You get the point. Every other application has their own notifications for users (btw, the notification on the right is from feedalizr, a great tool for updating you on twitter, facebook, friendfeed and other alerts all in one place). Imagine what happens when each of them are unaware of the other application and serve the user as though they were the only software using notifications
- Each application would have a differently styled notification popup, confusing the user
- The scheduling of notifications would be nonexistant.
- The user could be bombarded with multiple overlapping notifications from different applications at the same time ("low battery" , "Mystifier is online" , "Dp replied to your twitter entry ..." ....)
- The user would begin to get frustrated at times.
I just discovered a Growl inspired tool for Notifications on Windows - snarl.
How is it different from the numerous other notification software available? Well, for one, it uses a BSD style license, which means it is free to be used by both open source and proprietary software systems alike.
Snarl can be used by any application and it provides a centralized way for managing notifications. The user can turn it off, if say s/he has plugged the laptop to a projector and is in a meeting. Its a very convenient way to manage notifications and is highly skinnable and allows for fine grained control. The user can also override the application defaults and change the notification style based on their own preferences and style.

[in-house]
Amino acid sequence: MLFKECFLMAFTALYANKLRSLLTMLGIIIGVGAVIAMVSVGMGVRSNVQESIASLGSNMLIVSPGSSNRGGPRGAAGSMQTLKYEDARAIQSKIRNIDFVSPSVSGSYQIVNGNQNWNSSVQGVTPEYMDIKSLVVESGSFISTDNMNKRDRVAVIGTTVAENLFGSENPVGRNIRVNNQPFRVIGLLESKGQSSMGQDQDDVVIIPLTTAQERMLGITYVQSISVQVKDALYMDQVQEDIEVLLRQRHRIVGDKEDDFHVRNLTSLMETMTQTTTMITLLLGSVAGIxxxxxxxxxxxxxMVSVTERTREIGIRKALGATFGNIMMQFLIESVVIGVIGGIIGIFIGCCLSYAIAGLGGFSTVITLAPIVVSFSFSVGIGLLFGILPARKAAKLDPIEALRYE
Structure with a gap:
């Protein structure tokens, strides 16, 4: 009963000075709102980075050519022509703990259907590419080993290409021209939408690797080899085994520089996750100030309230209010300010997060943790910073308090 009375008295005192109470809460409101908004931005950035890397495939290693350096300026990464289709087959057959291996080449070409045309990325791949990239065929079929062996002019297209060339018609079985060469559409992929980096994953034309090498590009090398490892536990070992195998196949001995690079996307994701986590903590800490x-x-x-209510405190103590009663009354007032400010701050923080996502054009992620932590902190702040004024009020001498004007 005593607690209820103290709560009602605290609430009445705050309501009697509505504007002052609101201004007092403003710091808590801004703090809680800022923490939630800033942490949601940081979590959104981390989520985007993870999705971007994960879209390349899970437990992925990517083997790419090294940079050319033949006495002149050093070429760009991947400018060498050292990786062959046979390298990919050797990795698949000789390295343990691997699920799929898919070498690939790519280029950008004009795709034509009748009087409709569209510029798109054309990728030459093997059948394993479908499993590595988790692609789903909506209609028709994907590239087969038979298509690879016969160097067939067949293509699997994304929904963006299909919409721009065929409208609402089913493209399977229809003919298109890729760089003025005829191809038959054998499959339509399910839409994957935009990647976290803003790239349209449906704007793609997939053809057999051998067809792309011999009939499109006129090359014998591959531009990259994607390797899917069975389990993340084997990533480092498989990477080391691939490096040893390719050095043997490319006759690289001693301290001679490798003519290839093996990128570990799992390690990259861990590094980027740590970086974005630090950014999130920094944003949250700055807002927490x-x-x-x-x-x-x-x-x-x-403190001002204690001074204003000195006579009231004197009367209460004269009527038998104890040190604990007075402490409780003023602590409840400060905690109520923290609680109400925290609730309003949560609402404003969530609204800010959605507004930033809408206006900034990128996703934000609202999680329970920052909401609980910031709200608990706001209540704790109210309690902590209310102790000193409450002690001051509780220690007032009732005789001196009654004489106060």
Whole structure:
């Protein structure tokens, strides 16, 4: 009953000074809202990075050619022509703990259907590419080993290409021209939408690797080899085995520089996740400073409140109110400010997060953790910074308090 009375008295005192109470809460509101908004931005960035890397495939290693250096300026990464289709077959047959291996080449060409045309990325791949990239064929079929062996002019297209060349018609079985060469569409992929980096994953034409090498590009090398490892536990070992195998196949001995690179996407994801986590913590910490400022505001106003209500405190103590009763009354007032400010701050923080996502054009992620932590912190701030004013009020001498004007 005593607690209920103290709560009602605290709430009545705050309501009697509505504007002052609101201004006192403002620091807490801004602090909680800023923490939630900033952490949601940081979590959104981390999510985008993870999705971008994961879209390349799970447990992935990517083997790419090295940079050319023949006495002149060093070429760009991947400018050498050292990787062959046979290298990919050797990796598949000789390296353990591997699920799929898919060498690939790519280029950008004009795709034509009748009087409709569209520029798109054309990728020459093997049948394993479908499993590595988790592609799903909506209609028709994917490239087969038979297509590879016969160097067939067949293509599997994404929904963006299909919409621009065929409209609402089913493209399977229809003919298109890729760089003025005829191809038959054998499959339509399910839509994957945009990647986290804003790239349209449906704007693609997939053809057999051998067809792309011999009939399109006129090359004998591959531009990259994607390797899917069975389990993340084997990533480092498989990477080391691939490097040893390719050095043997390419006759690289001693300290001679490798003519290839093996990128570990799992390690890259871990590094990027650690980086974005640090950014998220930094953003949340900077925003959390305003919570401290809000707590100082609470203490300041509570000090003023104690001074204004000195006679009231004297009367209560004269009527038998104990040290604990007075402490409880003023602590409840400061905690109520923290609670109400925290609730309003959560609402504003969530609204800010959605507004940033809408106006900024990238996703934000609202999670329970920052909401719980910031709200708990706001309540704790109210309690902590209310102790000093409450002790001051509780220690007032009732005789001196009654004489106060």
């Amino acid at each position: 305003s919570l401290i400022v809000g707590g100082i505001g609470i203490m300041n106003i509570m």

For a start, here is what you can do. If you have a Pidgin client (and assuming you have network on twitter / identi.ca etc which you have linked to your IM for updates), you can integrate snarl to give your pidgin more bite.
I think snarl is the future for notification management on windows. Looking further down the line, there would probably be standardized protocols for notification management making the application work seamlessly on any platform / environment.